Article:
Tag Archives: bitcoin legality

Is Bitcoin Becoming Too Entrenched To Fail?

 In the analysis of things, there’s always this pseudo-intellectual tendency of subscribing to the seemingly ‘objective’ or safe bet. Ironically, this tendency is precisely what makes it difficult for people to perceive things objectively. To the pseudo-skeptic who is not skeptical of his own skepticism, Bitcoin is obviously ‘in a bubble’ and ‘it will be stopped by governments and banks’. This isn’t an objective perspective, it’s an appeal to the establishment’s power and capacity to crush any innovation that usurps its authority.

If we’re speaking objectively, the expected volatility will decrease over time and the legal framework around cryptocurrency suggests that governments and banks actually aren’t trying to prevent its use, at least not to the extent commonly implied. Instead, what we’re seeing is simply caution but positive reception to potential innovation.

Shifting Tides 

When Jamie Dimon, CEO of JPMorgan, said that Bitcoin is a fraud, he wasn’t met with applause. Instead, he was systematically attacked and overwhelmed with disagreement, even from the mainstream media.

New York Times: What Jamie Dimon Is Missing About Bitcoin
Forbes: Jamie Dimon, Here’s Why You’re Wrong About Bitcoin
Bloomberg: What Jamie Dimon Got Wrong About Bitcoin and Tulips
The Guardian: Don’t Let The Bankers Fool You: Bitcoin Here To Stay
CNBC: Why JPMorgan CEO Jamie Dimon Is Wrong About Bitcoin

Dimon was scrutinized by various sectors, from Zerohedge pointing out that JPMorgan’s ‘Bitcoin-alternative patent was rejected 175 times, his former head of global macro at JPMorgan telling him to “STFU”, media outlets reporting on JPMorgan handling Bitcoin-related trade, Dimon facing a market abuse claim over ‘False, Misleading’ Bitcoin comments, the CEO of Morgan Stanley refuting Dimon, saying it’s ‘not just a fade’, an analyst ‘firing shots’ at JPMorgan and Dimon for calling Bitcoin a fraud, etc…

What I’m getting at is simple. If Bitcoin is becoming entrenched enough to be systematically defended, it’s going to survive and it’s going to succeed. The more interdependent relationships, the more entrenchment into the lives of individuals and nations, the better. On that front, there are countless examples of Bitcoin and cryptocurrency becoming increasingly entrenched.

Escaping Failing Fiat 

 There’s a global shift into cryptocurrency, especially among countries with failing currencies. Specifically, Venezuela, Colombia, Argentina, UK, Belarus, Ukraine, Brazil, Germany, Egypt, and Russia, are all utilizing Bitcoin. In fact, in Venezuela, we could be seeing the first ‘Bitcoinization’ of a sovereign nation.

Legal Framework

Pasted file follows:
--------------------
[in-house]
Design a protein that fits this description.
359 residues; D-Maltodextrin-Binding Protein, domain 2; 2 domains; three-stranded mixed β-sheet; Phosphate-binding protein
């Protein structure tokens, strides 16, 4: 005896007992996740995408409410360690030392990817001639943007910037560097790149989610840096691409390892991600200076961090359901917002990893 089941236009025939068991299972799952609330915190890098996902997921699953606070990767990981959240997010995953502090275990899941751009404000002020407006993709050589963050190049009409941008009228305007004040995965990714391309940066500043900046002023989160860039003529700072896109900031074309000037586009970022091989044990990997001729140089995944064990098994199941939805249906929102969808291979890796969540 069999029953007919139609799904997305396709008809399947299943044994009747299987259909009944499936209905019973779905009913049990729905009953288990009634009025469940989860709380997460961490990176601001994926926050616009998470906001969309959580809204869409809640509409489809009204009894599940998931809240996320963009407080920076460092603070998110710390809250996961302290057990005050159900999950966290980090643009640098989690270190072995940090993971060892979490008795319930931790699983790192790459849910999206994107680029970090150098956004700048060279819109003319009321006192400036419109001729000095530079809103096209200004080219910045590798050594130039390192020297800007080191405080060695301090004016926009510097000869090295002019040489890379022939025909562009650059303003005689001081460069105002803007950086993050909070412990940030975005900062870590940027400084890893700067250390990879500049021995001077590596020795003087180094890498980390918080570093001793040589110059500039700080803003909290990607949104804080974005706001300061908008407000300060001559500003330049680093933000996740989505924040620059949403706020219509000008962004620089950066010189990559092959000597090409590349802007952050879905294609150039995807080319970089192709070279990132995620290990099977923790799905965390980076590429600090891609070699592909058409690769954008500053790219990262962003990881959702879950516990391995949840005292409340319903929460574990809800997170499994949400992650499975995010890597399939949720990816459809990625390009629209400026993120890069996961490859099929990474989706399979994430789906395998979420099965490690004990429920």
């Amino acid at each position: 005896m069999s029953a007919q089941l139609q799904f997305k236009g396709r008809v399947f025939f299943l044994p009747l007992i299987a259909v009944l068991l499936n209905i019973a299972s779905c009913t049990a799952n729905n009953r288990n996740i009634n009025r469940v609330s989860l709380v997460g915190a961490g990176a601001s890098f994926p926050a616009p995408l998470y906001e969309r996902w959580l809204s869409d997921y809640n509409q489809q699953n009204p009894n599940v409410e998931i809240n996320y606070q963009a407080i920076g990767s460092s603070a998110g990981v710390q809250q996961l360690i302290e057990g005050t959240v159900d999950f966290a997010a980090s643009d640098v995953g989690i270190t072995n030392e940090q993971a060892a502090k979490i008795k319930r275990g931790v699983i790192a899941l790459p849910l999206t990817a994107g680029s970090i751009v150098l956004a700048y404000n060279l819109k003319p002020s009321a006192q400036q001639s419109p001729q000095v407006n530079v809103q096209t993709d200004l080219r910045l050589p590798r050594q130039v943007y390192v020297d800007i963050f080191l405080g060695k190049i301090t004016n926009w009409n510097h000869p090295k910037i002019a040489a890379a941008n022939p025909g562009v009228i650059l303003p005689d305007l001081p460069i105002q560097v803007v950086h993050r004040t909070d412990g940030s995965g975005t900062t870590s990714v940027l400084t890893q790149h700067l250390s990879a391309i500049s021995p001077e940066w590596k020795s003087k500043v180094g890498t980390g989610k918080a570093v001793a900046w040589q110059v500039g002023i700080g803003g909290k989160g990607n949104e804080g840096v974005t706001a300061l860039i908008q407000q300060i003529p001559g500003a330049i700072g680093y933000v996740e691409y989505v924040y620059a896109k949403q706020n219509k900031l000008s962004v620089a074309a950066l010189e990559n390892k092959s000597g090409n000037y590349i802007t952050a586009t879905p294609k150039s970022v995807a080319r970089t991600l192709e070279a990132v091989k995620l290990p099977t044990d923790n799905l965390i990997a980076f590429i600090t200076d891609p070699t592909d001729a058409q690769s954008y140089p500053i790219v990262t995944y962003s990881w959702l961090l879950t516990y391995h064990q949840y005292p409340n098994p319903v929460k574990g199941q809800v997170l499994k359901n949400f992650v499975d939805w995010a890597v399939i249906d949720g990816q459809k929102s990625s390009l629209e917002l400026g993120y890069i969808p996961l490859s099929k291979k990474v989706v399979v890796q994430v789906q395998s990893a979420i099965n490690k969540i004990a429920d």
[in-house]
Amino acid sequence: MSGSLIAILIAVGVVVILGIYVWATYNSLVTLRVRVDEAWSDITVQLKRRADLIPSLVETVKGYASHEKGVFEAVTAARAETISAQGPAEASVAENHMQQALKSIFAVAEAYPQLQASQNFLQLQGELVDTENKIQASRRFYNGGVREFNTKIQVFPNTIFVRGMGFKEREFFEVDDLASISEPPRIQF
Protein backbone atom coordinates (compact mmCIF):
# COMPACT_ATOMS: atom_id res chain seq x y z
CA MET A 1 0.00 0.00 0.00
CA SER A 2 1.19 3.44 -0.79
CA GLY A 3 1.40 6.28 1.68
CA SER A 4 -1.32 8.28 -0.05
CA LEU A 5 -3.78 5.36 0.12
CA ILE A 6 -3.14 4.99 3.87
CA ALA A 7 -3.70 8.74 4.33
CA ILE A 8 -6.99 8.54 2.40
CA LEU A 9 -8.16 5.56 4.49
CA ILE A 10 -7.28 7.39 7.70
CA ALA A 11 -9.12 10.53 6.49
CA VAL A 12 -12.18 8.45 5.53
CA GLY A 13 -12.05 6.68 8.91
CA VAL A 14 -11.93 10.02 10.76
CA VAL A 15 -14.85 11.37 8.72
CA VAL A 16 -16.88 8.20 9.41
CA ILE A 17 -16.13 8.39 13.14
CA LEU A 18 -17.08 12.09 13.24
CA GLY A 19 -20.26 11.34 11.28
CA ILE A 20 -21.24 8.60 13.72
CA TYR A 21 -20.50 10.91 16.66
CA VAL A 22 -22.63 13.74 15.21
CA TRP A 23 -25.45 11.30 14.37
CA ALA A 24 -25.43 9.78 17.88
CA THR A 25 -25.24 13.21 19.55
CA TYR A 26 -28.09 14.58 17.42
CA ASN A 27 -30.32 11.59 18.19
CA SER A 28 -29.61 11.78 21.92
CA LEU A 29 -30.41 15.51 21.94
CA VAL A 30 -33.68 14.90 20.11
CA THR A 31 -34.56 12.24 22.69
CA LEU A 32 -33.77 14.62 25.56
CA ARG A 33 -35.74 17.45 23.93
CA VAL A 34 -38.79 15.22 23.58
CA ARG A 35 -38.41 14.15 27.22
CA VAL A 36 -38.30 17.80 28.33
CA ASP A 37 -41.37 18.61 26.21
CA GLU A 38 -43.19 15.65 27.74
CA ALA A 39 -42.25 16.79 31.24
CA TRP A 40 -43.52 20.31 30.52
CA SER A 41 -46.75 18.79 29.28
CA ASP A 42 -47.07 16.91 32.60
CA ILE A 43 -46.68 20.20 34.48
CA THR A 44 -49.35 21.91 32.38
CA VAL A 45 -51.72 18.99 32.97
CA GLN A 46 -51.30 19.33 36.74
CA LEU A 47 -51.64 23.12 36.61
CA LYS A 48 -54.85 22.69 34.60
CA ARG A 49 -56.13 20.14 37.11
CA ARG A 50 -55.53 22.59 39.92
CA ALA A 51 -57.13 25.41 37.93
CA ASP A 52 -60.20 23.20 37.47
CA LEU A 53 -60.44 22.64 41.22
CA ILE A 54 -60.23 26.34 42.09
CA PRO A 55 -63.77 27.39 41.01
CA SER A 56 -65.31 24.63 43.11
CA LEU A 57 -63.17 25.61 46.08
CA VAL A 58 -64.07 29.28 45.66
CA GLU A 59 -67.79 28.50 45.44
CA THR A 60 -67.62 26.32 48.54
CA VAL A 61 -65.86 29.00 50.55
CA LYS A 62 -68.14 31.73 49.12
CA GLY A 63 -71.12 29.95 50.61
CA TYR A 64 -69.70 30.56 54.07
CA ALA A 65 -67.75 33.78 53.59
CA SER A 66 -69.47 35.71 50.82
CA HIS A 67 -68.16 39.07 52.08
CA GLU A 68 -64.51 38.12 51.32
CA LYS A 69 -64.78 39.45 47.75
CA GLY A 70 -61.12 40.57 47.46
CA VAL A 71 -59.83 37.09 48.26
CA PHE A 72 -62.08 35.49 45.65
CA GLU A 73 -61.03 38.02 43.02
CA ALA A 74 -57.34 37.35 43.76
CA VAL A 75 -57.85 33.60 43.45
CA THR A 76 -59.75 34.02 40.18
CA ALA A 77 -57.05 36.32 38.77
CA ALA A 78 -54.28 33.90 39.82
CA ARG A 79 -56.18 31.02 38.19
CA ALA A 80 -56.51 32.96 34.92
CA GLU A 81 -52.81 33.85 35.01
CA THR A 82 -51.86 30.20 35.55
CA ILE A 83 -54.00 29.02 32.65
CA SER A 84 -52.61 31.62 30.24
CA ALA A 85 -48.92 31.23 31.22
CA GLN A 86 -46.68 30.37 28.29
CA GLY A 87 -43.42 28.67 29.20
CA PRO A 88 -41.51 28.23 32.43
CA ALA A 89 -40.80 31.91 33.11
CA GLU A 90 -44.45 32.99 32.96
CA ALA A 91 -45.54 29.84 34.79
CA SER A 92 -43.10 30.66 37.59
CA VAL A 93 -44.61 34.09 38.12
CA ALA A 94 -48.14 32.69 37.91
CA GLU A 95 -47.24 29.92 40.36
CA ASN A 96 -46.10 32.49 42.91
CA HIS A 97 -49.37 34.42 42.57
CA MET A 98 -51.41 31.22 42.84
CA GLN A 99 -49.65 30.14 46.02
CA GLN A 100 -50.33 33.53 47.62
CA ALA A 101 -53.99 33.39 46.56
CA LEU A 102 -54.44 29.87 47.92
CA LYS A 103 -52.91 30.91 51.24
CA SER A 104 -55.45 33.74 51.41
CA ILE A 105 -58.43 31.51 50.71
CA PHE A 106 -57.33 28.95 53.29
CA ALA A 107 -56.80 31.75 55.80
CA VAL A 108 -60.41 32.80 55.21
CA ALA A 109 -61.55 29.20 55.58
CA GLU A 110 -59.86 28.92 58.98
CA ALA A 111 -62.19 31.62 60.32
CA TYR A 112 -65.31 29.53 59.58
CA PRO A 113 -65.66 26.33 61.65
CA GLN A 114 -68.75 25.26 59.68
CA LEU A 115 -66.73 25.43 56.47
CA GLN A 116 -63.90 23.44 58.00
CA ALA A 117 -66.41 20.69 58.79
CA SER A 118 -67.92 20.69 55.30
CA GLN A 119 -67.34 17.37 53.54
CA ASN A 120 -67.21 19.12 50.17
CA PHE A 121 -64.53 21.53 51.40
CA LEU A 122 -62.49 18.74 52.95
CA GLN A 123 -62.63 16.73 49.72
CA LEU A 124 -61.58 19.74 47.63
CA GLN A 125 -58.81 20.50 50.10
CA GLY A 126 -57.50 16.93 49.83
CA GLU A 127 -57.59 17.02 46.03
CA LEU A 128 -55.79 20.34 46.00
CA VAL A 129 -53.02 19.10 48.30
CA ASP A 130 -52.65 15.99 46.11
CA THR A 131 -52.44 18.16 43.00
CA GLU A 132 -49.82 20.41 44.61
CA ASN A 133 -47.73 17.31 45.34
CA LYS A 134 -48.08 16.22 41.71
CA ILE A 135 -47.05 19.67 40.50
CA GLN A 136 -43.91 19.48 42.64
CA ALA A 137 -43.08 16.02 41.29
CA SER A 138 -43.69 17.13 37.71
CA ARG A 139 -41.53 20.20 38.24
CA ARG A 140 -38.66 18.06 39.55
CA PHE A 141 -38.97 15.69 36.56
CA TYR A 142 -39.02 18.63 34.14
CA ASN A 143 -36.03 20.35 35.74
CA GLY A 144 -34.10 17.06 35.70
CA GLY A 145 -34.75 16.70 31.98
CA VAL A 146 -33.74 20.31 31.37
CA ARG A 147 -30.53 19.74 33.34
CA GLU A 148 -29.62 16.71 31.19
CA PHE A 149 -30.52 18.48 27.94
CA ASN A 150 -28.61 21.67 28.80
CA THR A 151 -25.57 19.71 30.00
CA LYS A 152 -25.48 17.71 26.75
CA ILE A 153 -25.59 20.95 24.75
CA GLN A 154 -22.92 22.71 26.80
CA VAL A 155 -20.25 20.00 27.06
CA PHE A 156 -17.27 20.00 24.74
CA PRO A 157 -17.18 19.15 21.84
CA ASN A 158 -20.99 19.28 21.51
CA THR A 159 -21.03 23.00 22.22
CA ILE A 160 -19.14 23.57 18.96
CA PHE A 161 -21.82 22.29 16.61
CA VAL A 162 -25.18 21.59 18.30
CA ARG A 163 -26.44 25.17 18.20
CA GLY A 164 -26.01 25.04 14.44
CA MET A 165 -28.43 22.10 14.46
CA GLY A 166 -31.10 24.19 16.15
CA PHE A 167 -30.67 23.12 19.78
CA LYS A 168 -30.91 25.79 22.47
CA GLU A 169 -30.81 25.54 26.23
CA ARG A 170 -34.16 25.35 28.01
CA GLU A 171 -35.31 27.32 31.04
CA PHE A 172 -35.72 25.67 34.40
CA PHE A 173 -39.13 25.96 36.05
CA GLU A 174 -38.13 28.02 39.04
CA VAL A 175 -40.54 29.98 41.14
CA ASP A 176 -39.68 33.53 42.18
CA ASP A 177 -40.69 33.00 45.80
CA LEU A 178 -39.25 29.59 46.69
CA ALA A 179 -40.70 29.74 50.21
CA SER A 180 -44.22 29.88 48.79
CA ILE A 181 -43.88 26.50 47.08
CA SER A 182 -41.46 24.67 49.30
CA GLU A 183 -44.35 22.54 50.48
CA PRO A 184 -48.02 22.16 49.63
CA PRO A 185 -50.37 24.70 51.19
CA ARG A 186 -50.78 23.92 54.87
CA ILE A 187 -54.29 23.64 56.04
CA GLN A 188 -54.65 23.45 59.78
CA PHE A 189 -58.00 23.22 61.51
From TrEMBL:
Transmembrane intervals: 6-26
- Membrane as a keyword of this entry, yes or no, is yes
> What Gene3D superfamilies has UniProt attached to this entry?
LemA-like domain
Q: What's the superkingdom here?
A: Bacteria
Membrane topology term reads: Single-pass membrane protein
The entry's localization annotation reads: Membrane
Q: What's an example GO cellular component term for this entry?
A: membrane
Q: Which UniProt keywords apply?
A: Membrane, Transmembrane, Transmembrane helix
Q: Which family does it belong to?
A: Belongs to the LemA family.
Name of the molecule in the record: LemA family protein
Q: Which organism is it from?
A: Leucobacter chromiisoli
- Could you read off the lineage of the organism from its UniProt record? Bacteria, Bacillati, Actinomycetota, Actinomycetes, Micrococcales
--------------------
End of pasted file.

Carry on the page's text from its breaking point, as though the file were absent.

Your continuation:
The majority of countries allow the use of cryptocurrency, besides Bangladesh, Bolivia, Kyrgyzstan, and Ecuador. These bans aren’t exactly effective, either. In Ecuador, for example, use has growth despite illegality.

Use of cryptocurrency is legal and-or unregulated in Nigeria, South Africa, Zimbabwe, Canada, United States, Brazil, Mexico, Nicaragua, Argentina, Chile, Colombia, Cyprus, Saudi Arabia, Israel, Jordan, Lebanon, India, Pakistan, Hong Kong, Japan, South Korea, Taiwan, Indonesia, Malaysia, Philippines, Singapore, Thailand, Vietnam, Croatia, Czech Republic, Germany, Poland, Romania, Slovakia, Slovenia, Switzerland, Denmark, Estonia, Finland, Iceland, Norway, Russia, Sweden, Bosnia , Bulgaria, Greece, Italy, Malta, Portugal, Spain, Turkey, Belgium, France, Ireland, Luxembourg, Netherlands, United Kingdom, Australia, China, Lithuania, and New Zealand.

This idea that governments and banks will launch a systemic crackdown on cryptocurrency has no basis in objective reality, nor is it even remotely feasible. In fact, it’s actually absurd to believe such a thing because no technical legal consensus of that nature would ever manifest in reality across various nations systematically.

Most countries have already addressed the matter and just want to assure that it’s legally defined and properly regulated. Despite this, any regulatory motion is regularly viewed as the beginning of the big ‘crackdown’, even though most of it is to dismantle the ICO scams, which are a completely legitimate concern. It’s a possibility regulatory bodies eventually move against Bitcoin to an extent but even then, this won’t be the end of Bitcoin and it will not be regulated out of existence.  In the worst case scenario, Bitcoin suffers some significant losses due to other innovations and-or regulations but survives as a reserve cryptocurrency. Bitcoin’s status as a reserve is unlikely to go challenged for quite some time but even when that challenges comes, it will survive.

Mining

Mining has gone from the activity of enthusiasts to that of giant enterprise.

Recently, Abigail Johnson, CEO of Fidelity Investments, one of the world’s largest investing firms, said the company is actively mining cryptocurrencies.

In Japan, Tokyo’s GMO Internet Group is spending millions to develop mining operations. In short, these type of developments are happening all over the place.

In terms of state-level mining, various nations are already actively mining or developing the operations to. In fact, it’s being referred to as the ‘mining race’.